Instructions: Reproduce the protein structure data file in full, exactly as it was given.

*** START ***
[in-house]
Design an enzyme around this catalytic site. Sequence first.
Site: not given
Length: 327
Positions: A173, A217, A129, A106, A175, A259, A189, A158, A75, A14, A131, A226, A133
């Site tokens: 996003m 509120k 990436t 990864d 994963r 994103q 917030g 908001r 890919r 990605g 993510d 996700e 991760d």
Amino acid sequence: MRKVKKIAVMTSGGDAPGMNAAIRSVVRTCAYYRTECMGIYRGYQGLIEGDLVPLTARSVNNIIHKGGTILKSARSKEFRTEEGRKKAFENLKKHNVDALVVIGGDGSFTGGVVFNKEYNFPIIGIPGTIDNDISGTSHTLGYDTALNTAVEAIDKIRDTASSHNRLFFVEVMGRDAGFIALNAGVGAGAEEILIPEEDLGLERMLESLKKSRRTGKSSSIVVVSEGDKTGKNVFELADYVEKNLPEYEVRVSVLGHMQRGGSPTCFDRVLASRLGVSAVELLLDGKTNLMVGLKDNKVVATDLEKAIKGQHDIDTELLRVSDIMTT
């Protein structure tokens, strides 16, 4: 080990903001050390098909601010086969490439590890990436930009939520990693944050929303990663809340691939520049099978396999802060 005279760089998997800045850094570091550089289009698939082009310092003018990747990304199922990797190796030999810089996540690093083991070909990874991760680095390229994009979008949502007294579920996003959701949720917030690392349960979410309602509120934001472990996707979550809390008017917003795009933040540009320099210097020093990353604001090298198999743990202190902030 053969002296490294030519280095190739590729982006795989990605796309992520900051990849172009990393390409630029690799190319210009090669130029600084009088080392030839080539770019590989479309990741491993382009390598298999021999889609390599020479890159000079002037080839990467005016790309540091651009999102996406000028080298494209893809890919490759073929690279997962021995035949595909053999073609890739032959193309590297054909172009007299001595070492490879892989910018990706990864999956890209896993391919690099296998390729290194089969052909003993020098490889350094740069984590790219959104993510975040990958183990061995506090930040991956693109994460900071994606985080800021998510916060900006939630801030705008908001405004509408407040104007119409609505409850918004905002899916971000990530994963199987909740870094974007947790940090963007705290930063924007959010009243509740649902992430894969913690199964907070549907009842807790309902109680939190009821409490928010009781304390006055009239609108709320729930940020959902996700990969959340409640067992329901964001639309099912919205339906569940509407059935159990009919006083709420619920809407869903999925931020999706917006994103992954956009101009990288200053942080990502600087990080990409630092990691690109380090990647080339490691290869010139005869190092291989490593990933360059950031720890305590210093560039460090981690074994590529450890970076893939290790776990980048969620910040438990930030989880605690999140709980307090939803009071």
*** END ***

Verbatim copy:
[in-house]
Design an enzyme around this catalytic site. Sequence first.
Site: not given
Length: 327
Positions: A173, A217, A129, A106, A175, A259, A189, A158, A75, A14, A131, A226, A133
């Site tokens: 996003m 509120k 990436t 990864d 994963r 994103q 917030g 908001r 890919r 990605g 993510d 996700e 991760d």
Amino acid sequence: MRKVKKIAVMTSGGDAPGMNAAIRSVVRTCAYYRTECMGIYRGYQGLIEGDLVPLTARSVNNIIHKGGTILKSARSKEFRTEEGRKKAFENLKKHNVDALVVIGGDGSFTGGVVFNKEYNFPIIGIPGTIDNDISGTSHTLGYDTALNTAVEAIDKIRDTASSHNRLFFVEVMGRDAGFIALNAGVGAGAEEILIPEEDLGLERMLESLKKSRRTGKSSSIVVVSEGDKTGKNVFELADYVEKNLPEYEVRVSVLGHMQRGGSPTCFDRVLASRLGVSAVELLLDGKTNLMVGLKDNKVVATDLEKAIKGQHDIDTELLRVSDIMTT
């Protein structure tokens, strides 16, 4: 080990903001050390098909601010086969490439590890990436930009939520990693944050929303990663809340691939520049099978396999802060 005279760089998997800045850094570091550089289009698939082009310092003018990747990304199922990797190796030999810089996540690093083991070909990874991760680095390229994009979008949502007294579920996003959701949720917030690392349960979410309602509120934001472990996707979550809390008017917003795009933040540009320099210097020093990353604001090298198999743990202190902030 053969002296490294030519280095190739590729982006795989990605796309992520900051990849172009990393390409630029690799190319210009090669130029600084009088080392030839080539770019590989479309990741491993382009390598298999021999889609390599020479890159000079002037080839990467005016790309540091651009999102996406000028080298494209893809890919490759073929690279997962021995035949595909053999073609890739032959193309590297054909172009007299001595070492490879892989910018990706990864999956890209896993391919690099296998390729290194089969052909003993020098490889350094740069984590790219959104993510975040990958183990061995506090930040991956693109994460900071994606985080800021998510916060900006939630801030705008908001405004509408407040104007119409609505409850918004905002899916971000990530994963199987909740870094974007947790940090963007705290930063924007959010009243509740649902992430894969913690199964907070549907009842807790309902109680939190009821409490928010009781304390006055009239609108709320729930940020959902996700990969959340409640067992329901964001639309099912919205339906569940509407059935159990009919006083709420619920809407869903999925931020999706917006994103992954956009101009990288200053942080990502600087990080990409630092990691690109380090990647080339490691290869010139005869190092291989490593990933360059950031720890305590210093560039460090981690074994590529450890970076893939290790776990980048969620910040438990930030989880605690999140709980307090939803009071």